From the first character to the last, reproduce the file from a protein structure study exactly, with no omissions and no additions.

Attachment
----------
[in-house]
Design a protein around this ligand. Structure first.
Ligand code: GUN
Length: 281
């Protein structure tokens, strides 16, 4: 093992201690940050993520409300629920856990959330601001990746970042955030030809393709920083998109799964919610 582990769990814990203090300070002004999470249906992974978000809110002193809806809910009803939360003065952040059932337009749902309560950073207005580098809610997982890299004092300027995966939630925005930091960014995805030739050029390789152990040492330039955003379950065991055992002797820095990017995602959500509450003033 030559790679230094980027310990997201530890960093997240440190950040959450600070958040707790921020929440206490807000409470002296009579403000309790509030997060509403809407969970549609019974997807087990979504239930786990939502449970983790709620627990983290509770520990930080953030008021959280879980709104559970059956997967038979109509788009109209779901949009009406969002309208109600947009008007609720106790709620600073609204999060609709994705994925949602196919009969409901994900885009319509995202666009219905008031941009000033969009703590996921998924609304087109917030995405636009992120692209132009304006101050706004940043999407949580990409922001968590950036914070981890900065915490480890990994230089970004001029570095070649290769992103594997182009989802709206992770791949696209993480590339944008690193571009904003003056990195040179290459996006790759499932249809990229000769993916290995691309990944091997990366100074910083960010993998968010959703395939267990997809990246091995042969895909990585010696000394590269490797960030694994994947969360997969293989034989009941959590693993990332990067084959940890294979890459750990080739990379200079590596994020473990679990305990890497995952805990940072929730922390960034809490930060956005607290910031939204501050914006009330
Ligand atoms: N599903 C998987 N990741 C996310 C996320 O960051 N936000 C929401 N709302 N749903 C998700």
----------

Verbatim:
[in-house]
Design a protein around this ligand. Structure first.
Ligand code: GUN
Length: 281
């Protein structure tokens, strides 16, 4: 093992201690940050993520409300629920856990959330601001990746970042955030030809393709920083998109799964919610 582990769990814990203090300070002004999470249906992974978000809110002193809806809910009803939360003065952040059932337009749902309560950073207005580098809610997982890299004092300027995966939630925005930091960014995805030739050029390789152990040492330039955003379950065991055992002797820095990017995602959500509450003033 030559790679230094980027310990997201530890960093997240440190950040959450600070958040707790921020929440206490807000409470002296009579403000309790509030997060509403809407969970549609019974997807087990979504239930786990939502449970983790709620627990983290509770520990930080953030008021959280879980709104559970059956997967038979109509788009109209779901949009009406969002309208109600947009008007609720106790709620600073609204999060609709994705994925949602196919009969409901994900885009319509995202666009219905008031941009000033969009703590996921998924609304087109917030995405636009992120692209132009304006101050706004940043999407949580990409922001968590950036914070981890900065915490480890990994230089970004001029570095070649290769992103594997182009989802709206992770791949696209993480590339944008690193571009904003003056990195040179290459996006790759499932249809990229000769993916290995691309990944091997990366100074910083960010993998968010959703395939267990997809990246091995042969895909990585010696000394590269490797960030694994994947969360997969293989034989009941959590693993990332990067084959940890294979890459750990080739990379200079590596994020473990679990305990890497995952805990940072929730922390960034809490930060956005607290910031939204501050914006009330
Ligand atoms: N599903 C998987 N990741 C996310 C996320 O960051 N936000 C929401 N709302 N749903 C998700």